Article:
2. Meeting Lula
2.1. A metaphorical context
2.2. Lula, the disruptive element
3. The Monologue
3.1. Scorn of the white institution
3.2. Arts or activism?
3.3. Black Masculinity according to Clay
4. Clay’s concept of black masculinity replaced in reality
The 1950s and 1960s are probably one of the most exciting chapters of African American history, politically and artistically. They bore a profusion of new ideas. While leaders like Martin Luther King and Malcolm X proposed radically opposed solutions to the problems of black people’s rights, writers and intellectuals handled the Harlem Renaissance’s heritage and music saw the hard blues from the earliest part of the century gain in popularity. It is in this period, in 1957, that Amiri Baraka – still LeRoi Jones at the time – moved to New York’s Greenwich Village and became part of the Beat Movement. He then founded the literary magazine Yugen with his wife and obtained his first critical acclaim as a poet for Preface to a Twenty Volume Suicide Note… published in 1961. In 1960, he went to Cuba. This visit changed his life. He became aware of the relationship between politics and arts and decided to incorporate his political, social and spiritual beliefs in his writing, using poetry and drama as means to educate. Baraka’s transitional period would give birth namely to Dutchman, a controversial play which premiered in 1964. The audiences were especially shocked by the political allusion to the Genesis. Baraka also transposed his own evolution in Clay: the movement from docile, assimilated and insignificant black man to proud revolutionary and marginal poet telling out loud his truth to the white institution.
The play opens with Clay, a twenty-year-old scholar, on his way to a friend’s party. Taking a look through the window of the subway car he rides in, he catches sight of Lula, a beautiful white woman. Pretending to be intrigued by his glance, she boards the train and strikes up a conversation. Over the course of the slow train ride, Lula and Clay tease each other until Lula drives Clay mad and to his fate. While reflecting the questions posed by African Americans to whites in the 1960s, Dutchman also treated the identity issue. During the whole play and especially in his monologue, Clay delivers his own vision of black masculinity. It’s no accident that he is a poet. This characteristic gives him the power to play with words, to see other dimensions of the reality he lives in, to have a vision. As much as Lula represents an image of white femininity, Clay represents an image of black masculinity. Black masculinity was not an obvious concept at the time. The traditional conception of virility as synonym of strength, toughness, robustness, and authority applied only to the white male. The American black male of the 1960s, having suffered a symbolic castration, had to deal with another heritage.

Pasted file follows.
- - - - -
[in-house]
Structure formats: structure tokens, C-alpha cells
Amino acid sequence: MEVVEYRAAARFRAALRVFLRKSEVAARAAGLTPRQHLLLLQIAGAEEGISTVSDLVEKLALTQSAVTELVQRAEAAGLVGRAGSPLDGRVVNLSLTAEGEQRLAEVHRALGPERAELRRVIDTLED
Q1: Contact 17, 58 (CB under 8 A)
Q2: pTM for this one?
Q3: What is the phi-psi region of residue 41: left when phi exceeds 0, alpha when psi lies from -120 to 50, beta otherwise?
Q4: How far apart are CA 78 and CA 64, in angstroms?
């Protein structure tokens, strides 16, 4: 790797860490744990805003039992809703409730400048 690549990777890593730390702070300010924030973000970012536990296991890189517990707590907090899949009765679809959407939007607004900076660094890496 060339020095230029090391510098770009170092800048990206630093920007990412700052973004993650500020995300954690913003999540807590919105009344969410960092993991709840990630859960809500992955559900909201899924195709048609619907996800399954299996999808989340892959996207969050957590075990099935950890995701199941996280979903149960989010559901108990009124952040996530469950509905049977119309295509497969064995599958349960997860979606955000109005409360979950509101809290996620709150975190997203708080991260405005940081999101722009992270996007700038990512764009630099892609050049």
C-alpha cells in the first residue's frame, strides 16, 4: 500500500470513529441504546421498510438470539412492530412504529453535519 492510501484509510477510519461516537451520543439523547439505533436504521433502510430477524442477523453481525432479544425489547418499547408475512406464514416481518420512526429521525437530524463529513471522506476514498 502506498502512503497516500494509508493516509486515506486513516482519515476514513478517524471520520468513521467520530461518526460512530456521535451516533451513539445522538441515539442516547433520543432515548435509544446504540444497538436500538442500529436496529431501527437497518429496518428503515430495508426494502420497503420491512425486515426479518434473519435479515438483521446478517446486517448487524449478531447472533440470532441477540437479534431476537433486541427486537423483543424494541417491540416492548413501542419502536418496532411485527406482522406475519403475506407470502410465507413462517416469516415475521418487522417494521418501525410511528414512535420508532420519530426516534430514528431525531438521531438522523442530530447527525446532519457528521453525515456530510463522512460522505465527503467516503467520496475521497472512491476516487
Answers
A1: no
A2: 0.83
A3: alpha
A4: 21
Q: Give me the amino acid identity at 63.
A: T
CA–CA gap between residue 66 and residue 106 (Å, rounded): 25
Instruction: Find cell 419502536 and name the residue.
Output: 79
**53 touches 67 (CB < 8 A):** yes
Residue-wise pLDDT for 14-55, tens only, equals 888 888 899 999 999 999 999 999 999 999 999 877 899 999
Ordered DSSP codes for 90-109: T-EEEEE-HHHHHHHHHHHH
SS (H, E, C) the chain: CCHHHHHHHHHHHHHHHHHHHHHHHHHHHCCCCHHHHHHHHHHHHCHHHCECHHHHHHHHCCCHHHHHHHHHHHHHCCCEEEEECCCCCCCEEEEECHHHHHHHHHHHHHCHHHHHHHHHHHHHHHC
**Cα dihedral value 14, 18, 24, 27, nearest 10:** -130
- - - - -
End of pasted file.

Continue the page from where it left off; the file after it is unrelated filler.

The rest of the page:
In this essay, after decoding the setting of the play, we will focus on Clay’s monologue and explain how he constructs and represents African American masculinity. After defining Clay’s concept, we will eventually study its applicability by replacing it in reality.
2. Meeting Lula
2.1. A metaphorical context
All the elements in the play - the setting and characters - were not chosen by casualty. They all represent something. Amiri Baraka chose the subway as an underground location which symbolizes the impossibility to escape. Passengers regularly come in, however it is never mentioned that anyone goes out. The subway is a machine circulating slowly and according to a perpetual plan, the passengers have no influence on the itinerary and just take it because they have to. I read here a metaphor of society as a machine. It also stands for secret, hidden mechanisms, as if Baraka attended to show the spectator what really happens underneath the city’s “skin” and by extension describe the essence of the black and white interracial relationship, while also giving both parts some hints on how to behave towards the other.
The title Dutchman is an allusion to the Dutch East India Company, a chartered company established in the beginning of the seventeenth century in the Netherlands. It was granted a 21-year monopoly to carry out colonial activities in Asia. Arguably the world’s first megacorporation, the company was involved in local politics, drove the British and the Portuguese from Indonesia, Malaya, and Ceylon thus taking full possession of the very lucrative trade of the Spice Islands. The company established a colony in South Africa (1652) which remained Dutch until conquered by the British in 1814. After more than a hundred years of prosperity, the megacorporation declined in the late 18th century, perished by corruption. Dissolved in 1800, its possessions and debts were taken over by the Dutch Batavian Republic (Ricklefs 1991). The allusion to the Dutch East India Company reinforces the idea of a mainstream, of injustice and corruption. The subway, the society described by Baraka is an enormous and mighty machine, running according to its own idle rules. However, to take part in it each member has to accept the position it is entitled because there is simply no other choice.